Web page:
“First, when I arrived I felt an instant connection with my colleagues. Even though I am the only American working alongside locals in the capital as a reporter, I feel a sense of belonging to a close-knit team,” he said.

Stanton enjoys the opportunities he has been given by the network to meet interesting people and explore the culture.

“Working for Kazakh TV gives me the unique opportunity to look deeply into Kazakh politics, culture and traditions. In my opinion, it is one of the main elements one needs to do to understand the perspective of the country you are living in. For example ‘Global Talk,’ my television show that I host, lets me break out of the normal office routine and allows me to head to some of the top political events. When I am at these events, I am usually interviewing between six and eight high level managers, heads of companies, entrepreneurs and government officials from here and abroad,” he said.

Photo credit: Zhanarbek Amankulov

Photo credit: Khabar Agency JSC

During his first round of interviews with locals, he felt their initial shock of seeing a foreign reporter conducting news about Kazakhstan, a curiosity he still encounters from time to time.

“But on the other hand, the emotions that are portrayed by them are also a sense of eagerness and warmth, as well as an openness to answer my questions and learn more about my purpose here. I have witnessed the evolution of the Kazakh TV platform from the beginning I started to work here until now and I can tell you that Kazakh TV has a true willingness to become one of the top channels for expats wanting to know about Kazakhstan, not only domestically but also abroad,” he said.

Stanton feels the essential and timely role of the team.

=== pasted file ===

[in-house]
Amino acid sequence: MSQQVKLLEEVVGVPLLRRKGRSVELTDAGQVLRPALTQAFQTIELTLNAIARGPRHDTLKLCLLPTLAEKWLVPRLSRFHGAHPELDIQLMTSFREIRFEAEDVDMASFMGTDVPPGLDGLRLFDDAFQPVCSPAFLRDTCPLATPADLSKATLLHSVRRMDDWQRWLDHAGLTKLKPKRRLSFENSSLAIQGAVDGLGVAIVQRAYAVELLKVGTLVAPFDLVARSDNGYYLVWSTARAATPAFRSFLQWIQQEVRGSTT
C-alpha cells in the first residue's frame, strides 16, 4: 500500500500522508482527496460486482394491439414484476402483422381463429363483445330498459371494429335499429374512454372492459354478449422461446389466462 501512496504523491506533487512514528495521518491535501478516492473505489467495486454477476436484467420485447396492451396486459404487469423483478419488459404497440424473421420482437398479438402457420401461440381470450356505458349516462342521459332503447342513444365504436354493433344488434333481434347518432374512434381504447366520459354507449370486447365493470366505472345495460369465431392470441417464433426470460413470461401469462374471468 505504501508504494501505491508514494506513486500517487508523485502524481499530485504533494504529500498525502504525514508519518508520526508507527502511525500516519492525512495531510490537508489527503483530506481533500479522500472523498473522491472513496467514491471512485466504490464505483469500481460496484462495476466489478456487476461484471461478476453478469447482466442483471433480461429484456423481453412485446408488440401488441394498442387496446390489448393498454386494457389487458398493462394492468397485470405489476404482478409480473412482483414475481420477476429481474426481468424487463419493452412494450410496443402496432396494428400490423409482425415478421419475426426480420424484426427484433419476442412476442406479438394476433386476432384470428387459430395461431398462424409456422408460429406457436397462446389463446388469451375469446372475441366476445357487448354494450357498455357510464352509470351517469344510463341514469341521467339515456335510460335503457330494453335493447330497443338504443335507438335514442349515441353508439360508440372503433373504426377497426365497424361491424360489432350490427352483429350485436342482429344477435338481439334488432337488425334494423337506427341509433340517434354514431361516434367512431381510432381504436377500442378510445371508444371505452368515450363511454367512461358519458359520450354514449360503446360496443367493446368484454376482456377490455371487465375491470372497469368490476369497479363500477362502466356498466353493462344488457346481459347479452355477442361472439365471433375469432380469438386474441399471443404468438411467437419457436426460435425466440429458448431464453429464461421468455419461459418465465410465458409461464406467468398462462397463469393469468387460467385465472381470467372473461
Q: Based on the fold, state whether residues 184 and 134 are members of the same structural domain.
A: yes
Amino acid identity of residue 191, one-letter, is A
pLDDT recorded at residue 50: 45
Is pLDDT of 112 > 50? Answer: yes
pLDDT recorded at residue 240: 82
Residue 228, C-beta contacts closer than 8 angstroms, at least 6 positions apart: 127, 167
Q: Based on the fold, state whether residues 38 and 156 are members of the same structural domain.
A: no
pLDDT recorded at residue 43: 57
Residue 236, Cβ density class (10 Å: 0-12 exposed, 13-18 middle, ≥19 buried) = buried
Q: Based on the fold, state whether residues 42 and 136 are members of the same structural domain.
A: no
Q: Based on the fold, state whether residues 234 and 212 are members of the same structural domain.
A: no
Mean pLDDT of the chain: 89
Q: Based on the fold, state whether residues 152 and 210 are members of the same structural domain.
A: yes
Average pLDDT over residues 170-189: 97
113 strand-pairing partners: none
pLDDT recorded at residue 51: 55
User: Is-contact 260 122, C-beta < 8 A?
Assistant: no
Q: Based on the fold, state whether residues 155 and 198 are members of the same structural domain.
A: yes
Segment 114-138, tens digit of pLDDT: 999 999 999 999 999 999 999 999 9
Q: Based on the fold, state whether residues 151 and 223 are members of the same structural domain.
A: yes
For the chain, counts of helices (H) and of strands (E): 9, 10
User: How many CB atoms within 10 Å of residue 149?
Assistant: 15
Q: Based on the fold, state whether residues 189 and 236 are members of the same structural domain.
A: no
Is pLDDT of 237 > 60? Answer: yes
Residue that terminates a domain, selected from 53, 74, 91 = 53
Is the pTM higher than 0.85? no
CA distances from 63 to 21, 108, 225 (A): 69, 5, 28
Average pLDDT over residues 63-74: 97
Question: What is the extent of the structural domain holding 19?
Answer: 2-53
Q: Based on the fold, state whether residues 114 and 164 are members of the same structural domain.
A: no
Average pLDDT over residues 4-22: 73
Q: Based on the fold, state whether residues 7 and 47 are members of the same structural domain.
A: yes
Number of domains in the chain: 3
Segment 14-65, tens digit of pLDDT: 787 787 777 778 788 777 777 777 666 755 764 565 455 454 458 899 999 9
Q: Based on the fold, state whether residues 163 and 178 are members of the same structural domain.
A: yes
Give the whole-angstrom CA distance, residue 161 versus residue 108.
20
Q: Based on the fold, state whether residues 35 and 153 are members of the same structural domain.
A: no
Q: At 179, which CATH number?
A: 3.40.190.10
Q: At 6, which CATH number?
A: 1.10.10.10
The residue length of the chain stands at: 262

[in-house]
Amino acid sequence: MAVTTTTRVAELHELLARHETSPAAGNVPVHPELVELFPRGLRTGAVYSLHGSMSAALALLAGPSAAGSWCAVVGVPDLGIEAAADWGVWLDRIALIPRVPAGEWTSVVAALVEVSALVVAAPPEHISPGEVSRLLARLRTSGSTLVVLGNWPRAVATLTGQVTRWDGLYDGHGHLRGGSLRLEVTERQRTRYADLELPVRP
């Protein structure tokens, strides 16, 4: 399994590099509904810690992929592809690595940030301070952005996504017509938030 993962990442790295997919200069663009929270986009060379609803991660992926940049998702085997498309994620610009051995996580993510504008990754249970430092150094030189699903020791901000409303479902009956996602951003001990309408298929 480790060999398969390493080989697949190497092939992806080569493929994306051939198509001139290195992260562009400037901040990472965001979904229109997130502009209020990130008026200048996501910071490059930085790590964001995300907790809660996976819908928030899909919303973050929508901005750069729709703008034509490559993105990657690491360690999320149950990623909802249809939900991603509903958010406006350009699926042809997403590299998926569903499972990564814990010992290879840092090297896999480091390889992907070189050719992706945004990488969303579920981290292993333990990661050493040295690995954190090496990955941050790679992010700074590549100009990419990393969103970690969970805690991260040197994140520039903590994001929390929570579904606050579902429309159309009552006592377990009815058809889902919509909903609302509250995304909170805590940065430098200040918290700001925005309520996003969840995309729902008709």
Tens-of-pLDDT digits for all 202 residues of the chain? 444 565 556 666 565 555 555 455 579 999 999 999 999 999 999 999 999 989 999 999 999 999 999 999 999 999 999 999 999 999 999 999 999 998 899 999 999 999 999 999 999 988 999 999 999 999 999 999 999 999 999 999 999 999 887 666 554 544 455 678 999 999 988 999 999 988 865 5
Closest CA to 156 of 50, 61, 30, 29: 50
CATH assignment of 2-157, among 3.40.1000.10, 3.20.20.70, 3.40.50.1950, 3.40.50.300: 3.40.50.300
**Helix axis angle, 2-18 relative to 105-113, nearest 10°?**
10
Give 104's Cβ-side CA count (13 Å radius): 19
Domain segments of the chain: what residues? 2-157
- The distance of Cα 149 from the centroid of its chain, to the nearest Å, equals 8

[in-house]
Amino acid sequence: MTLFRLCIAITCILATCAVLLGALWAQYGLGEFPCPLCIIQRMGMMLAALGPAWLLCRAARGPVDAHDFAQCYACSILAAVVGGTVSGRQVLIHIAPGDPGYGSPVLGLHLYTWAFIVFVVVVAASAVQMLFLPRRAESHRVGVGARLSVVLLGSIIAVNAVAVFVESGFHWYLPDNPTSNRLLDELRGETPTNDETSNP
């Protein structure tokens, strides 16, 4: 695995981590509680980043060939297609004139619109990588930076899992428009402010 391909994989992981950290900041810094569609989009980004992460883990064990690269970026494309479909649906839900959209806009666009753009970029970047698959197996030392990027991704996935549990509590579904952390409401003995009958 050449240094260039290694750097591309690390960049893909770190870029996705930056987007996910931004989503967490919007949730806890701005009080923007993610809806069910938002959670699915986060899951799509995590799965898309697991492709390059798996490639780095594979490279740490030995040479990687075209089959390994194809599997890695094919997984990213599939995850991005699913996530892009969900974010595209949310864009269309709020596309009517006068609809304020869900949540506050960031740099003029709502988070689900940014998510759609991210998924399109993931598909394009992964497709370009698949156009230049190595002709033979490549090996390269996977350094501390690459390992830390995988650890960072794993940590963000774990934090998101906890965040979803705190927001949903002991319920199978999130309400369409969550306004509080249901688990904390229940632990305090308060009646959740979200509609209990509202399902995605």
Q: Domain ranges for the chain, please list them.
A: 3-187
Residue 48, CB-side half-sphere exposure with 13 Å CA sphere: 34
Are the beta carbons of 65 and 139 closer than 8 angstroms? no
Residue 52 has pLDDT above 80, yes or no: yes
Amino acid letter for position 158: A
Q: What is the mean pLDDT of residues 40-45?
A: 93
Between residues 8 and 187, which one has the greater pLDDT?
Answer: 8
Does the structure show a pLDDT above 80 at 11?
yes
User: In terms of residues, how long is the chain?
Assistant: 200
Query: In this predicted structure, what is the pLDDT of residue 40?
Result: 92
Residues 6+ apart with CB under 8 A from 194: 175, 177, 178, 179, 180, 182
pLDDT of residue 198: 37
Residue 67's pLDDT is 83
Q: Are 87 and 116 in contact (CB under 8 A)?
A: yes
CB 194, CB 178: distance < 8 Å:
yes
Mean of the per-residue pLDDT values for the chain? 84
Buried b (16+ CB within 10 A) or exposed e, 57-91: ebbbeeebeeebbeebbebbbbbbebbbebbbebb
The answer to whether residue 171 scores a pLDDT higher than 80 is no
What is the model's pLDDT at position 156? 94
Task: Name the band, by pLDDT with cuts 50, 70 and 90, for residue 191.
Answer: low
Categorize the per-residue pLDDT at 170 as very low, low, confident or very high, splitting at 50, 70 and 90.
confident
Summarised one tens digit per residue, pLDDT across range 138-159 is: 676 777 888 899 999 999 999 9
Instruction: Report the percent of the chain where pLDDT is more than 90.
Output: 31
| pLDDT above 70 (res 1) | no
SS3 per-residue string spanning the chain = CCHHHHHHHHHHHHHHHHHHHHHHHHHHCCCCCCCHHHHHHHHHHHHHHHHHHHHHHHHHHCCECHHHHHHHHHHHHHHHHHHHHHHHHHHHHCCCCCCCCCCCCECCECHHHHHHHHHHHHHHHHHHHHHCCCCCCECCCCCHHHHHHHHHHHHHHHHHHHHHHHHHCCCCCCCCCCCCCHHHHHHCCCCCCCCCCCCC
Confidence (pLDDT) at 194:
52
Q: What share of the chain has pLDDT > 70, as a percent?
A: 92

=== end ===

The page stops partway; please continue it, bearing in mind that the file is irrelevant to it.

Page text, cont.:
“I believe Kazakh TV’s horizon is a bright one if we keep on track and push out quality content.  I am honoured to be a witness to all the transformations going on with the channel and I am excited for what the future holds,” he said.

Insider’s Nuts and Bolts

Staff member Dana Omirgazy explained the challenges of being a translator in the department.

“Working as a news translator you simultaneously become a journalist. You just can’t translate mechanically. In fact, you need to write news stories in English and produce information in a specific way. It’s crucial to be able to present all the necessary information in a limited word count and provide the most important information to your targeted audience,” she said.

While translating and composing news stories, reports, programmes and articles in English, Omirgazy added it is essential not only to understand the language and consider the small differences of perception, but also the culture, linguistics and idioms in the language. Particular focus must be given to the style of information interpretation and accurate paraphrasing.

Photo credit: Zhanarbek Amankulov

Photo credit: Khabar Agency JSC

“Also to ensure a news story’s accuracy, we need to confirm the facts. Fact-checking is quite challenging and is a time-consuming process,” Omirgazy said.

“Kazakh TV is promoting the country’s image abroad; therefore I feel a great responsibility to perform my work with dignity in presenting life inside the country to foreign viewers,” she said.   

Get The Astana Times stories sent directly to you! Sign up via the website or subscribe to our Twitter, Facebook, Instagram, Telegram, YouTube and Tiktok!